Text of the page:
cough-variant asthma. I would therefore suggest that all patients with recalcitrant cough should undergo the minimum of full ENT inspection, oesophageal pH monitoring and bronchial reactivity testing, remembering that these conditions may occur together, and recognition of one but not another will lead to treatment failure. Cough challenge is useful in the study of basic mechanisms and to demonstrate a sensitized reflex, but its clinical role in the follow-up of patients with cough has yet to be established. The development of ambulatory tussivemonitoring devicesmay provide a better means for the clinical assessmentof cough in the future. Sensitization of the cough reflex may causemuch of the therapeutic difficulty encountered in patients with recalcitrant cough. Although a thorough search for treatable associations such as sinusitis or reflux is advocated, lengthy medication may be required before symptomatic relief is obtained (14), and even then coughing may still persist. Thus, any potential cause of coughing should be treated aggressively with the appropriate drugs. This means high-dose nasal corticosteroids with antihistamines and anticholinergic spray for sinusitis/rhinitis, proton pump inhibitors for oesophageal reflux and high-dose inhaled corticosteroids for cough-variant asthma. Treatment of the sensitizedcough reflex itself is very difficult, largely because of the lamentable number of safe yet effective antitussive medications available for everyday use. Patients usually avoid situations that provoke extreme coughing and many find that cold drinks terminate coughing bouts. Demulcent preparations and cough sweetsare of soothing value largely because of their sugar content which probably coats sensory endings in the hypopharynx. They provide protection against tussive agents for a few minutes (17). Local anaesthetics such as bupivocaine are very effective at reducing traffic in sensory nerves, and their nebulized use may be of great value to some patients with recalcitrant cough (18). However, their beneficial effect seemsto be idiosyncratic and is offset by their ability to remove all other upper airway and pulmonary protective reflexes.The gold standard of the antitussive agents remains morphine. Together with its weaker opiate derivatives, it will reduce the sensitivity of the cough reflex to tussive challenge when given in sufficient doses (19). However, such doses are usually accompanied by intolerable side-effects.There is little to choose between the numerous proprietary remedies, which have similar side-effects at doses that are truly antitussive. The challenge therefore lies in understanding how the cough reflex becomes sensitized and in the subsequent development of novel antitussives. There is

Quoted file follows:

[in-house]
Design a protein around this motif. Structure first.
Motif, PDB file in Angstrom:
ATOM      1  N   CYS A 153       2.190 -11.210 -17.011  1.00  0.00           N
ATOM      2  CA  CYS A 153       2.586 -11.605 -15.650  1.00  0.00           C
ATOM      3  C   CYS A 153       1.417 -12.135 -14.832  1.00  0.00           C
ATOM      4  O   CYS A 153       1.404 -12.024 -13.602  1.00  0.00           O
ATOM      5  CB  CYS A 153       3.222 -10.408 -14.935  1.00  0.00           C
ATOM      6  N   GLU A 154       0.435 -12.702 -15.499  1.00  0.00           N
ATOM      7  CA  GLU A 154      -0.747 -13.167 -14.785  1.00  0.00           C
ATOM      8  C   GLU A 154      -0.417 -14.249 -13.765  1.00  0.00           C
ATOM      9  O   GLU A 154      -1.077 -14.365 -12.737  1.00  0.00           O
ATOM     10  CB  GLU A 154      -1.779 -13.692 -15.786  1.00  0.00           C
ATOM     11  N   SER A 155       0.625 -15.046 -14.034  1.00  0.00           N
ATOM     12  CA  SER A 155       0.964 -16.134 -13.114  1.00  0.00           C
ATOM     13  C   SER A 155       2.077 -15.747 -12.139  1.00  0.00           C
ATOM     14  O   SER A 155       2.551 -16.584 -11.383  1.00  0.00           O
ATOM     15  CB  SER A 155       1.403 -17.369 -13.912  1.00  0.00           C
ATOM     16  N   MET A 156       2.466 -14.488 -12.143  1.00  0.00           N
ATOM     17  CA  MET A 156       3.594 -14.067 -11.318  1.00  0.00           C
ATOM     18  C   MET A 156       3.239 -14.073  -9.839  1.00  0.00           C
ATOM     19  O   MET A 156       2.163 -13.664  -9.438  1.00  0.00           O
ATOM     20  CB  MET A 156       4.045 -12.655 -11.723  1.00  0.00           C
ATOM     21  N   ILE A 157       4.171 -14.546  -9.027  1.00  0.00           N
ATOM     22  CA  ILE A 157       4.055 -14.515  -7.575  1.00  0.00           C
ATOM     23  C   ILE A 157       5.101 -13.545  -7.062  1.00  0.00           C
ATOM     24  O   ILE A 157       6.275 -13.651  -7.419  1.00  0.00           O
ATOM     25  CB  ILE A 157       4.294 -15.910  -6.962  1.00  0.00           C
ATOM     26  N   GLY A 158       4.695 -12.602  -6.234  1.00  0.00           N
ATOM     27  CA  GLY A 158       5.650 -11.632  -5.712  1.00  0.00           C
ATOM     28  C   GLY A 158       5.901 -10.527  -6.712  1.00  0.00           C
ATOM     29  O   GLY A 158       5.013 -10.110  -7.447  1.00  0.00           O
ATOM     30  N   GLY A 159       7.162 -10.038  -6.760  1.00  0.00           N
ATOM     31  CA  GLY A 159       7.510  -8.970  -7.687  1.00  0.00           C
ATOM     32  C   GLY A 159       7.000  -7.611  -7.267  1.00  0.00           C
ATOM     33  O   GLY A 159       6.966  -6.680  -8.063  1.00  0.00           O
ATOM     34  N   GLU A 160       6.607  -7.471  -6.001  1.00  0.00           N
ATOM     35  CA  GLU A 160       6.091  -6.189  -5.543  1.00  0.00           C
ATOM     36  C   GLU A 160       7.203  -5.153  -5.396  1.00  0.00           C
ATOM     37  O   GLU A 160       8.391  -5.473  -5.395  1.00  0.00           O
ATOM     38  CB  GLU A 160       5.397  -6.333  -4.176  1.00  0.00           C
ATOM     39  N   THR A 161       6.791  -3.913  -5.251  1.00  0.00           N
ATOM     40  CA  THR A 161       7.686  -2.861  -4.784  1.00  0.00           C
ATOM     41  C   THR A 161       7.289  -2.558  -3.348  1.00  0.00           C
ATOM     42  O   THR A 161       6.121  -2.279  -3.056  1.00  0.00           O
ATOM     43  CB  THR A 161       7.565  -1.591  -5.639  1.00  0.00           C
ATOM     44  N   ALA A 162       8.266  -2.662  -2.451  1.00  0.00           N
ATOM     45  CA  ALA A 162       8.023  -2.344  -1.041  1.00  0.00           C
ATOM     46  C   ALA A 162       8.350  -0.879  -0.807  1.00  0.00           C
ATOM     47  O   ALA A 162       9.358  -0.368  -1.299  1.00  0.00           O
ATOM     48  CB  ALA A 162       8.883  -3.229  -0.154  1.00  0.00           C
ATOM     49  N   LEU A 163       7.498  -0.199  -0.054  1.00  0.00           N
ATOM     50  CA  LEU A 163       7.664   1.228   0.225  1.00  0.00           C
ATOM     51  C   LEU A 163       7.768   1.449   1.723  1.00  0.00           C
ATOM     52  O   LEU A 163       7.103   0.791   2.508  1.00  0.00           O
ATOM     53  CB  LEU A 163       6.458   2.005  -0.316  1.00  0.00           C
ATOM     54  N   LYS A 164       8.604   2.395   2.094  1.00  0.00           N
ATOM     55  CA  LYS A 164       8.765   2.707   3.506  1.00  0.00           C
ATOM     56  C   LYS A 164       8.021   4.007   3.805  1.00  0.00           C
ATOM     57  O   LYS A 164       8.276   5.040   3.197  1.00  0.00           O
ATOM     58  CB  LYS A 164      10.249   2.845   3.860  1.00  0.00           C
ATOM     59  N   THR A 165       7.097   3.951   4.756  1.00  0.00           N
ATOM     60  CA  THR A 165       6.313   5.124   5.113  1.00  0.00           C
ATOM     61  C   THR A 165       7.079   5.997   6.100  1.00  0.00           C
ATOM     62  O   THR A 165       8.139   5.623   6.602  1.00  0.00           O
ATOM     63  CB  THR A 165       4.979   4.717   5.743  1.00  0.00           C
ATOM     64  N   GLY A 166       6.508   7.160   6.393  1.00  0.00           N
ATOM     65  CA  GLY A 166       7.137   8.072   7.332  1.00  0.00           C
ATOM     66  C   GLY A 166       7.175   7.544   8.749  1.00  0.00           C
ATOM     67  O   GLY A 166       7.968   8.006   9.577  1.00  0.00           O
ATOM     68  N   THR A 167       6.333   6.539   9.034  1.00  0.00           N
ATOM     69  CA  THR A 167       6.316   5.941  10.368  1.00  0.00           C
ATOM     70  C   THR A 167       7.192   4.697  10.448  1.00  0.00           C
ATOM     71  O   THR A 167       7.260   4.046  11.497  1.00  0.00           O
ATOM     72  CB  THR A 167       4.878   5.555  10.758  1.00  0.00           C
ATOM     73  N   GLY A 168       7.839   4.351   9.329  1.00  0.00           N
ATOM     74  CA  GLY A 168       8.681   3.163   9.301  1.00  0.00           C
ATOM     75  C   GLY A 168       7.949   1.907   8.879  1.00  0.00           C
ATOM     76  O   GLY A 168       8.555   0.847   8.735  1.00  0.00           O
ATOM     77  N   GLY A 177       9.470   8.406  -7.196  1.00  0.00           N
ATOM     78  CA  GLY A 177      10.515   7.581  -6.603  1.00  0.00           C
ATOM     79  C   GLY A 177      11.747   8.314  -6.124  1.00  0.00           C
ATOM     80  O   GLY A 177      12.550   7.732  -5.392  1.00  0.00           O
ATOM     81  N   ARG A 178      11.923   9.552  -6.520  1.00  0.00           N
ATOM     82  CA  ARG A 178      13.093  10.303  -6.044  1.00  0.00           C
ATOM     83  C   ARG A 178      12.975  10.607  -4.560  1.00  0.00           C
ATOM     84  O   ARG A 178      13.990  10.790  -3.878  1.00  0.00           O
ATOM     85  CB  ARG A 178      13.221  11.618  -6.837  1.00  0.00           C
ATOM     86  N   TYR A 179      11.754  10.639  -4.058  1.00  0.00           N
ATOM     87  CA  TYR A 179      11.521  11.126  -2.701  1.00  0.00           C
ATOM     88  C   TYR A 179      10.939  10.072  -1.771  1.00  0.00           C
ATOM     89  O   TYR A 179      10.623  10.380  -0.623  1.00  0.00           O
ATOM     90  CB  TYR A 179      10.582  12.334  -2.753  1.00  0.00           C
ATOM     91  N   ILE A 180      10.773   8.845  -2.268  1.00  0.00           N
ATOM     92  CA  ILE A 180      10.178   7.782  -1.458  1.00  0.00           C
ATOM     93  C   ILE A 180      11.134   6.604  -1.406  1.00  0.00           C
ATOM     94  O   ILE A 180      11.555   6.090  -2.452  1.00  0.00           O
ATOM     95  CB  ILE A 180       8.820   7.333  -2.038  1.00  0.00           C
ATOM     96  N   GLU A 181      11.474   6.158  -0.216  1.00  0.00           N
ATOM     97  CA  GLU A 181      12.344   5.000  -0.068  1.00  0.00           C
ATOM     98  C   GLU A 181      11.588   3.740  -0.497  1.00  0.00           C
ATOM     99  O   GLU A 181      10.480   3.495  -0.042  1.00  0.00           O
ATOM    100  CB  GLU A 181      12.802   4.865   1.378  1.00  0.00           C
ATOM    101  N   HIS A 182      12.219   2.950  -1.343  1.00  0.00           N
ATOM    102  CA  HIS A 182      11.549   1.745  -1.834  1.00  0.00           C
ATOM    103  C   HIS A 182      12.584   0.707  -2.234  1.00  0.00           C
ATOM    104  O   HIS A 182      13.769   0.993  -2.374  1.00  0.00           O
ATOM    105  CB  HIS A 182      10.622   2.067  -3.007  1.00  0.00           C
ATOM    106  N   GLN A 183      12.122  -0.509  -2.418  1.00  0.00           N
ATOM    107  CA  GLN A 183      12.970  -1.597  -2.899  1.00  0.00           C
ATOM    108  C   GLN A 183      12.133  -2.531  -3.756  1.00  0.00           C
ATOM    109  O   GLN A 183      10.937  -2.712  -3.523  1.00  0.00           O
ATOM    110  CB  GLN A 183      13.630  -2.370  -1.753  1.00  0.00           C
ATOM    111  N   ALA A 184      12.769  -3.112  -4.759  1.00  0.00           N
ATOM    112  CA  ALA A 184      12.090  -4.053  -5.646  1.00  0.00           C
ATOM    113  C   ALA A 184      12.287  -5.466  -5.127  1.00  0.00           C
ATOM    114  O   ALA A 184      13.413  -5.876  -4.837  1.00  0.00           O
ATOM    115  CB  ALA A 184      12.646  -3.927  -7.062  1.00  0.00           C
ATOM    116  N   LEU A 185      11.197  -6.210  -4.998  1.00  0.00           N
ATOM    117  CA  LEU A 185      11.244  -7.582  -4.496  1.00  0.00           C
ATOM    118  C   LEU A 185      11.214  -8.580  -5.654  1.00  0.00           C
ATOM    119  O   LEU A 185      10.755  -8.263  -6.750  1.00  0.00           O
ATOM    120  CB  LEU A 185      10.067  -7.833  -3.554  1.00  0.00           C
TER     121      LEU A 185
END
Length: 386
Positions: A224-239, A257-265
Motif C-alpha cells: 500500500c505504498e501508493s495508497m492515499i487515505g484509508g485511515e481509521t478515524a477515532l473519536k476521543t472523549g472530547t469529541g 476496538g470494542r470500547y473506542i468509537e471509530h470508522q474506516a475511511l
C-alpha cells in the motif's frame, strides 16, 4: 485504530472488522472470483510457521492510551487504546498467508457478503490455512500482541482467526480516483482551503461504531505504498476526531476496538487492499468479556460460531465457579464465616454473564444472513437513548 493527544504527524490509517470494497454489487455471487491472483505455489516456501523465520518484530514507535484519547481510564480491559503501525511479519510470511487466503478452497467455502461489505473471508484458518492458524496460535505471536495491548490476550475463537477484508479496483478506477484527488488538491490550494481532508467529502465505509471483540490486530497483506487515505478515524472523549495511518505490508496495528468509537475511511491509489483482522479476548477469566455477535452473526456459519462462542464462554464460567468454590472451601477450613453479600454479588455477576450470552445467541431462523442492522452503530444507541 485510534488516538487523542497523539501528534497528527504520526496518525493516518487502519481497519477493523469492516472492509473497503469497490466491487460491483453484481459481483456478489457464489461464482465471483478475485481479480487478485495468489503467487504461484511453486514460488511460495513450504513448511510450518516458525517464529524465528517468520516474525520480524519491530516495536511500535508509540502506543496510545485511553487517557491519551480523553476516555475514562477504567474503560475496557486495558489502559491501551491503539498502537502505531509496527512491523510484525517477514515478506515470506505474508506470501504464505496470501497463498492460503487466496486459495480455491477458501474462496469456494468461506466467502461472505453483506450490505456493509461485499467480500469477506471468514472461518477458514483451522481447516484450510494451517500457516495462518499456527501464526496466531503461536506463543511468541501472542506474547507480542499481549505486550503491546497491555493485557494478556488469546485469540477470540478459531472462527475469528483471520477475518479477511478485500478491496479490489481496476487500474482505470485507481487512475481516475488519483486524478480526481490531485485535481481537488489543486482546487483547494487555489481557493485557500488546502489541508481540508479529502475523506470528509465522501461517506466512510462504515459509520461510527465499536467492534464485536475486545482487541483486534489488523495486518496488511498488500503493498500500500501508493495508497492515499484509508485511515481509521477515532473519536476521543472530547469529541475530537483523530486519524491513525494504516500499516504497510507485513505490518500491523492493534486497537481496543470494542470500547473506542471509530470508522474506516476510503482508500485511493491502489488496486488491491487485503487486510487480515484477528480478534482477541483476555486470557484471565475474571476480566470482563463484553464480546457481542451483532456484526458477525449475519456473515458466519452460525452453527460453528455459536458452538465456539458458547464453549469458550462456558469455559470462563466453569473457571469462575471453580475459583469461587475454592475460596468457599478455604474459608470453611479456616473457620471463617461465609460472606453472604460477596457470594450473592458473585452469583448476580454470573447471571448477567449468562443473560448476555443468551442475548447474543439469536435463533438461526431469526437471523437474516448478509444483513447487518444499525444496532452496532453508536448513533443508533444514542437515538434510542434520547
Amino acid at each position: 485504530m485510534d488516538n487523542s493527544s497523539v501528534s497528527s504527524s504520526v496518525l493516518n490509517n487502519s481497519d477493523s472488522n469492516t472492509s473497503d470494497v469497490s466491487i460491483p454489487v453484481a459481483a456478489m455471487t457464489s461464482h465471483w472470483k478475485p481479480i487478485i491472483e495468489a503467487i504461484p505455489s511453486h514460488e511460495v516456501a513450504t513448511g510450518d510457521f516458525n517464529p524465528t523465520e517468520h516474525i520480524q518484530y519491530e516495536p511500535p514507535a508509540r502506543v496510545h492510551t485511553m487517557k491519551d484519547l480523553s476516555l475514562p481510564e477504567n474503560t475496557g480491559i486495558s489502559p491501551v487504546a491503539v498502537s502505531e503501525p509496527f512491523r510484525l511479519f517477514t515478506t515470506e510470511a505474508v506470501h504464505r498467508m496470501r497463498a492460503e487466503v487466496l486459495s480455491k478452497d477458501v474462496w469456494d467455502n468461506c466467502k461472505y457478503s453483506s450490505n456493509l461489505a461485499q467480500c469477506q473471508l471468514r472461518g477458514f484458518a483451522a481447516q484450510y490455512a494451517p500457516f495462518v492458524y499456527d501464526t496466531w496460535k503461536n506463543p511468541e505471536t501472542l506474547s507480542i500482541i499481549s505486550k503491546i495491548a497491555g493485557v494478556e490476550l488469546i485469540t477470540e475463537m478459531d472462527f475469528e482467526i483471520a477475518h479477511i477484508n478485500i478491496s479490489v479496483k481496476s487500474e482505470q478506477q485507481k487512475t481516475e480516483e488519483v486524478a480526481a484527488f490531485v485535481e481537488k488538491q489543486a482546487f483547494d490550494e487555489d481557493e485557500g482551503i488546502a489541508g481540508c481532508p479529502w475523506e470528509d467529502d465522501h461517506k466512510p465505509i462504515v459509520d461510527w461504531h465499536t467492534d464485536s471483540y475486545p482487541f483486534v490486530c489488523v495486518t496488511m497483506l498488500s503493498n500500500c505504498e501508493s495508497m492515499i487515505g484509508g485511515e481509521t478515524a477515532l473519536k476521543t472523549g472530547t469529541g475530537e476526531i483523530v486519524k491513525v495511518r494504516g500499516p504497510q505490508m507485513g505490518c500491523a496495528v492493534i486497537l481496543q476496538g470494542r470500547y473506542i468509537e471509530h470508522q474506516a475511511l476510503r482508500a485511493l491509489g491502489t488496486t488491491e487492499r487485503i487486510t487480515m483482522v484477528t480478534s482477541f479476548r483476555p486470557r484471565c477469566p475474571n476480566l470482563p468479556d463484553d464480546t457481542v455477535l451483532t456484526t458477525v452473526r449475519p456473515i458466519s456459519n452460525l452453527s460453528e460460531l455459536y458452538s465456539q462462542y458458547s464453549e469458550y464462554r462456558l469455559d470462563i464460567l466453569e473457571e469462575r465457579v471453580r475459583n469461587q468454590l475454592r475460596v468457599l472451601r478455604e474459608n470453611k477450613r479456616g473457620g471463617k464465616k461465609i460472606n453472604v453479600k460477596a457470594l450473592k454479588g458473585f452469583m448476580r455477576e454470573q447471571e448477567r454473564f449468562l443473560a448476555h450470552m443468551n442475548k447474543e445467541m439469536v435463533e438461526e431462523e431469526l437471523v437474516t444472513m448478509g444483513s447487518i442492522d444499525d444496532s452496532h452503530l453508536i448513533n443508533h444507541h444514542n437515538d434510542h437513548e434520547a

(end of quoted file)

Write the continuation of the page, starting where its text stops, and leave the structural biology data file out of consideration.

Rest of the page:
recent evidence to suggest that neurotransmitters besidesopiates impinge on the sensitivity of the cough reflex (2&22) and it is encouraging to note that serotonergic agents have been shown to protect against cough challenge in both the experimental animal and man (22,23). R. STONE Department of Respiratory Medicine St. Bartholomew’s Hospital WestSmithjield London ECIA 7BE. U.K. References
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Editorial 15. Poe RH, Harder RV, Israel RH, Kallay MC. Chronic persistent cough: experience in diagnosis and outcome using ana anatomic diagnostic protocol. Chest 1989; 95: 123-128. 16. Irwin RRS, Zawacki JK, Curley FJ, French CL, Hoffman PJ. Chronic cough as the sole presenting manifestation of gastrooesophageal reflux. Am Rev Respir Dis 1989; 140: 1294-1300. 17. Packman EW, London SJ. The utility of articiallyinduced cough as a clinical model for evaluating the antitussive effects of aromatics. Eur J Respir Dis 1980; 110: lOlllO9. 18. Karlsson J-A. Airway anaesthesia and the cough reflex. Bull Eur Physiopathol Respir 1983; 23, Suppl 10: 29s-36s. 19. Fuller RW, Karlsson J-A, Choudry NB, Pride NB. Effect of inhaled and systemic opiates on responses to inhaled capsaicin in humans. J Appl Physioll988; 65: 1125-l 130.
20. Kamei J, Ogawa M, Kasuya Y. Effects of GABA antagonists on the pentobarbital-induced depression of respiration and cough in rats. Pharmacol Biochem Behav 1989; 32: 357-360. 21. Kamei J, Tanihara H, Igarishi H, Kasuya Y. Effects of n-methyl o-aspartate antagonists on thecough reflex. Eur J Pharmacoll989; 168: 1533158. 22. Kamei J, Mori T, Igarashi H, Kasuya Y. Effects of 8-hydroxy-2-(di-n-propylamino) tetralin, a selective agonist of S-HT,, receptors, on the cough reflex in rats. Eur J Pharmacoll991; 203: 253-258. 23. Stone RA, Worsdell Y-M, Fuller RW, Barnes PJ. Effects of 5-hydroxytryptamine and 5-hydroxytryptophan infusion on the human cough reflex. J Appi Physioll993; 74: (in press).